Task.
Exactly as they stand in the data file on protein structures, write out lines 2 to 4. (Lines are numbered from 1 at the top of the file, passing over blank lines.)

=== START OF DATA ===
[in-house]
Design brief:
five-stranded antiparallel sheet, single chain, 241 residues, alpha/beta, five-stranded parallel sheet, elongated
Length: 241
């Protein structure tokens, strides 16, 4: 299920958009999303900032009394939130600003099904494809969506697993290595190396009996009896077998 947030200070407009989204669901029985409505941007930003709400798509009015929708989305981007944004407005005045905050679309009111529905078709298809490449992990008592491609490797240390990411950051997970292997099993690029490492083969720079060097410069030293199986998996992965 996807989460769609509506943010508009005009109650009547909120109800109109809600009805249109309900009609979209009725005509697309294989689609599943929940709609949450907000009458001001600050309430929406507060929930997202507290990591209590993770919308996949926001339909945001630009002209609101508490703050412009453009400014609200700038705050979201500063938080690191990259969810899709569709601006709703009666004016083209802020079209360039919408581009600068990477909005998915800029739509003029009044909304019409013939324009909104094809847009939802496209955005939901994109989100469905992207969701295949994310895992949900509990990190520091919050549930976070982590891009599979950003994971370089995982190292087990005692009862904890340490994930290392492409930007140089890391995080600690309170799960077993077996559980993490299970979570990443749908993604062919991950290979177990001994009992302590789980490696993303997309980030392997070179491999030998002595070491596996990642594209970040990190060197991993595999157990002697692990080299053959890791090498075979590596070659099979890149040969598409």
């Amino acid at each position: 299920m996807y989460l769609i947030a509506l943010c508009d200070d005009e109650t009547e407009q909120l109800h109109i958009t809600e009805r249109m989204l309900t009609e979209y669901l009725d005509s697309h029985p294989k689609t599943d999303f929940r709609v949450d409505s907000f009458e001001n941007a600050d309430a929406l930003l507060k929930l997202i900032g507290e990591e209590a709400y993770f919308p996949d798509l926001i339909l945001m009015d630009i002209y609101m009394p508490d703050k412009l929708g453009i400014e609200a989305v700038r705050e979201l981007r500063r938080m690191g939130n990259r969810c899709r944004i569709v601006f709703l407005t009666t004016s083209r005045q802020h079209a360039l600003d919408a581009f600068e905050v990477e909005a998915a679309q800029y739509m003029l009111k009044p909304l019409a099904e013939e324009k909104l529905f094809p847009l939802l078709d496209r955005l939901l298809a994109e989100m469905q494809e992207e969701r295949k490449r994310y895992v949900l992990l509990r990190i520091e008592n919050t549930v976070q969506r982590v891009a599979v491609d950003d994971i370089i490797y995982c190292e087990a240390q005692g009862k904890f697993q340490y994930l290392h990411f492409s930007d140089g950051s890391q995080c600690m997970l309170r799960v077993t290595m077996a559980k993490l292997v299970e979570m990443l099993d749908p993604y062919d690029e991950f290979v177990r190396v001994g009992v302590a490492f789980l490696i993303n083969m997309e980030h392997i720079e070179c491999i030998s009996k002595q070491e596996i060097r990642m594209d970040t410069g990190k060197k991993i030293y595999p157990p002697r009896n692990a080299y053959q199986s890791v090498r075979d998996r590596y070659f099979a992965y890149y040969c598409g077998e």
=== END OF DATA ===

Design brief:
five-stranded antiparallel sheet, single chain, 241 residues, alpha/beta, five-stranded parallel sheet, elongated
Length: 241